INTERVIEW: Lauralee Bell Web Series 'mI promise' Looks at Living Life Versus Texting It

Lauralee Bell - Photo Credit: CharlesBush.com
Longtime THE YOUNG AND THE RESTLESS star Lauralee Bell has been making a name for herself the past few years in the indie web series scene with FAMILY DINNER and JUST OFF RODEO, not only as an actress but as a writer, producer and director. Her latest project, mI promise, premiered this week and, based on the first two episodes, it's her best work yet.

mI promise follows Riley (Cassidy Ann Shaffer, who recurs as Kimmy on Disney Channel's AUSTIN AND ALLY) on her 16th birthday, full of life and wonder, on the cusp of first love and her first car. The first episode begins with sweetness and light but things dramatically change after Riley chooses to send a text message while driving. The show then dives into that subject matter offering kids two paths to follow while never feeling like a PSA. Bell plays Riley's mom in the show in addition to her duties behind the camera.

We Love Soaps spoke with Bell about mI promise to find out more. Read our exclusive interview below:

WE LOVE SOAPS: I'm really excited about this web series. I think this is the best thing you've done.
LAURALEE BELL: I had my fun so I said now I have to do something that matters. I'm trying to approach this subject by saying you can do things this way or this way but you can still choose. How do we expect kids not to hold their devices when they're driving when sometimes the adults do it? These days they are just born with it in their hand. I often tell my kids I'm on my phone because I'm at home and I can get a lot of business done and not have to go to an actual office. I feel like it's helpful in some ways but the reality is what they're seeing is that I'm looking down at something. You are disconnected from people when you're half listening and half writing.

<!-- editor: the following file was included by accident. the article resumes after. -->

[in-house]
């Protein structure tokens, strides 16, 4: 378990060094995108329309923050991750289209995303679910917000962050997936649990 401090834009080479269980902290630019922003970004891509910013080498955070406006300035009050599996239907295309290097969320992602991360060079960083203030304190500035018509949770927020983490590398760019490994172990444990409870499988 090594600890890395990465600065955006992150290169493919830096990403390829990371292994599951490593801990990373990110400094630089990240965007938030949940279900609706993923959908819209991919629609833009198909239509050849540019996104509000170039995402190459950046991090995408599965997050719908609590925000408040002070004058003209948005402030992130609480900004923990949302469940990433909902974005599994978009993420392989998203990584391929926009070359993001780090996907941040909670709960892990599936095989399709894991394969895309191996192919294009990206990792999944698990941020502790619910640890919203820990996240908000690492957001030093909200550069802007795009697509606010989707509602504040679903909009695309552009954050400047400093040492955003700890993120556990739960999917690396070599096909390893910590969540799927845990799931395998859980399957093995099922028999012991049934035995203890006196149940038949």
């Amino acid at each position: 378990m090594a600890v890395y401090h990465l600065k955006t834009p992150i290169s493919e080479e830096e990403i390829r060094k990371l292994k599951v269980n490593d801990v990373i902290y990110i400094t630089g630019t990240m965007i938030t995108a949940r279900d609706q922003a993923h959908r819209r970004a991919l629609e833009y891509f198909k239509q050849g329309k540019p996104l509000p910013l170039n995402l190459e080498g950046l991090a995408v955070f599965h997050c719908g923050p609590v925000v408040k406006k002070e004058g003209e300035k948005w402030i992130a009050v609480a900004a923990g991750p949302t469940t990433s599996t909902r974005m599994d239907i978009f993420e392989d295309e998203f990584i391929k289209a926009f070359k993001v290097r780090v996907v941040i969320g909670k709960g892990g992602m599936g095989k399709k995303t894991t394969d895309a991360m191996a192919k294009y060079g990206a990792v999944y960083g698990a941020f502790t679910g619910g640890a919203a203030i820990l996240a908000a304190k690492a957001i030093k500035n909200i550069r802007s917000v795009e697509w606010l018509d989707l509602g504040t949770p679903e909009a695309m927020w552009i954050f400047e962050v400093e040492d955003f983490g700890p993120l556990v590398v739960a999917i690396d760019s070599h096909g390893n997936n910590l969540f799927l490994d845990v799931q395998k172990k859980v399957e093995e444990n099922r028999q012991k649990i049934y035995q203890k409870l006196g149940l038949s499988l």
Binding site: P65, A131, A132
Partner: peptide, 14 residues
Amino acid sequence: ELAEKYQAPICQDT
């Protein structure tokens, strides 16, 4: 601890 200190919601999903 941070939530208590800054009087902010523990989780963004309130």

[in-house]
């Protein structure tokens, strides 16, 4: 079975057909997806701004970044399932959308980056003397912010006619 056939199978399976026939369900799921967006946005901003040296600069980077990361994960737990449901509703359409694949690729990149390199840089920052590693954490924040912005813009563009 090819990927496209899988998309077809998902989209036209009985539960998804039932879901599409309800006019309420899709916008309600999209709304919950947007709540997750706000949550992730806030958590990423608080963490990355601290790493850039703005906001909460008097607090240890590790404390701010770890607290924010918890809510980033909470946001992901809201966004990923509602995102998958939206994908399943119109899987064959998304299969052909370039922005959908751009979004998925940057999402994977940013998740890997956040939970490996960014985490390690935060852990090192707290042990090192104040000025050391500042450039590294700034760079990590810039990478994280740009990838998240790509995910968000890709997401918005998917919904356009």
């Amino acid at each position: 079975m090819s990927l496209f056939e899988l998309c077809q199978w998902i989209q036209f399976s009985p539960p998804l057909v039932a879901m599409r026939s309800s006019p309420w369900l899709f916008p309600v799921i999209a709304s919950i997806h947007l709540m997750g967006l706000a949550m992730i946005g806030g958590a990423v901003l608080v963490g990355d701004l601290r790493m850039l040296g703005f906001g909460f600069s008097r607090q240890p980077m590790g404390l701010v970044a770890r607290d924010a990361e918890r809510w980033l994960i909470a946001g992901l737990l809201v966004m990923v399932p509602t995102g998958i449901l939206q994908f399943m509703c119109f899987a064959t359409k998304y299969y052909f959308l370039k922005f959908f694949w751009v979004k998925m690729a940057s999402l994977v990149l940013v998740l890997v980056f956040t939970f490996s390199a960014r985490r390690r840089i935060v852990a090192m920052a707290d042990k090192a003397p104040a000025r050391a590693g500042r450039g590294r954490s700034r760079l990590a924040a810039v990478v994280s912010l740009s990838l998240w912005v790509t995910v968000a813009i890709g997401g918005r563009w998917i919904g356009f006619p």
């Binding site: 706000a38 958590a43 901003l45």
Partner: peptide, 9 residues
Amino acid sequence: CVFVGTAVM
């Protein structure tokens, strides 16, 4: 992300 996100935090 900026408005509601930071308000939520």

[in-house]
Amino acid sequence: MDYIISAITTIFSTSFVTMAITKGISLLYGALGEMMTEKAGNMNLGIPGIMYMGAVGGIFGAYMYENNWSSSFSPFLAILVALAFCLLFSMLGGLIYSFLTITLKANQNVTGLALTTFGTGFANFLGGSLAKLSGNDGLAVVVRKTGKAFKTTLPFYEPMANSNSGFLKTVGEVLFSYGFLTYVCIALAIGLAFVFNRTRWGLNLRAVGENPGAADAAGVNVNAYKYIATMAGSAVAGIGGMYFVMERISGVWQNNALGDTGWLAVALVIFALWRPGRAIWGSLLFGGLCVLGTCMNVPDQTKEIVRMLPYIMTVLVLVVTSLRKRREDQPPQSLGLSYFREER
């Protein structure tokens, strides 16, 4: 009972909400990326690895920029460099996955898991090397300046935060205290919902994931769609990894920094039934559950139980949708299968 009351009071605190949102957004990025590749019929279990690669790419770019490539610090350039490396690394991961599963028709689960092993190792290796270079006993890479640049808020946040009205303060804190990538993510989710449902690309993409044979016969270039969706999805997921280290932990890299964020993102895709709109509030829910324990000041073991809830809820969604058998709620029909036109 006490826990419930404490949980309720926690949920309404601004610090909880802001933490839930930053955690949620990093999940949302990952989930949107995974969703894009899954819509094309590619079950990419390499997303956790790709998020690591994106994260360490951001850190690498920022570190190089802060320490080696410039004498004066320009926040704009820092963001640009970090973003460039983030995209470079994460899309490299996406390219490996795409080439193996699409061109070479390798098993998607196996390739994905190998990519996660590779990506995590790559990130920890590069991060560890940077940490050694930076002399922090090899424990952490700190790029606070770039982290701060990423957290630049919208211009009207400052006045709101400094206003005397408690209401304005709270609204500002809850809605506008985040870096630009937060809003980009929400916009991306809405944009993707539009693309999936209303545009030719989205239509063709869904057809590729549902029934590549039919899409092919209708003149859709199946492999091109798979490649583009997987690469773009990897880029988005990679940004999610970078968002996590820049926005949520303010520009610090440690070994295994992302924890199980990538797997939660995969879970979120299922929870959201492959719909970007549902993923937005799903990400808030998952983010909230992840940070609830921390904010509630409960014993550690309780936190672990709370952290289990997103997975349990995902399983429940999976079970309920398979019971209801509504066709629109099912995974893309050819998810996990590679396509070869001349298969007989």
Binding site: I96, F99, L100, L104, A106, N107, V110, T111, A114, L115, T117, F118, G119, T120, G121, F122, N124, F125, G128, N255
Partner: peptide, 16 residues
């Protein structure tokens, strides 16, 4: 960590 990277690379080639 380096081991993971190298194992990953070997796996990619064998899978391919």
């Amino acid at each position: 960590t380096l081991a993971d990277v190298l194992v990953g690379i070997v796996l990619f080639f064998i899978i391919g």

WE LOVE SOAPS: I like to watch the first episode of a web series before I read all the press material so my first thought was, "Oh, it's a teen drama, or maybe a dramedy." And then things got very serious in a hurry.
LAURALEE BELL: The first episode is the only one that has a lot of lightness to it. As soon as teens feel like they're being preached to they will turn it off. There are constant comments from Riley as the episodes go along like, "Oh God, Mom," as kids would say it. My goal in Episode One was to do something my parents taught me and that's to get the audience behind this girl quick. You have to care about her because in a second something bad is going to happen and if they don't care, you're done.

When I first met Cassidy, who plays Riley, she was perfect, likable, and America's Sweet 16 girl next door. I wanted to get into her life as much as possible so we see her potential boyfriend, her best friend, and her family. She thinks her family is annoying which all kids do. It was a lot to put into that short time but I felt like you have to make them quick in today's society because kids will click off you faster than they give you a chance. And Jack Allocco came in with the most incredible music throughout all of this.

I was going to hand over the directing because I thought once we get into more emotional stuff I don't know if I want to be looking at shots right before we have to tape. But I saw this so clearly in my brain that it would have just been a waste of time to pass on the job because I knew exactly what I wanted to see. There's a lot of editing coming up and a lot happens.

WE LOVE SOAPS: It's funny that you mentioned your parents because after I watched the first episode and read all the press material, I felt you were following in your father's footsteps in a different way, by telling a very topical story and not being preachy.
LAURALEE BELL: Cricket [on Y&R] was the queen of message storylines and I fought it for a long time because of this exact fear. Are the kids going to watch the two teenagers making out on this show or are they going to watch us saying "It's Okay To Say No" on our show? Well, my dad was always right. Even with the abstinence and all that we were still very high-rated that summer. I think it is about how you handle it and how you establish the characters. If they care about you, they'll listen to you. And especially for kids today, I want to give them a face that this happens to that they can think of when they're going to make a decision.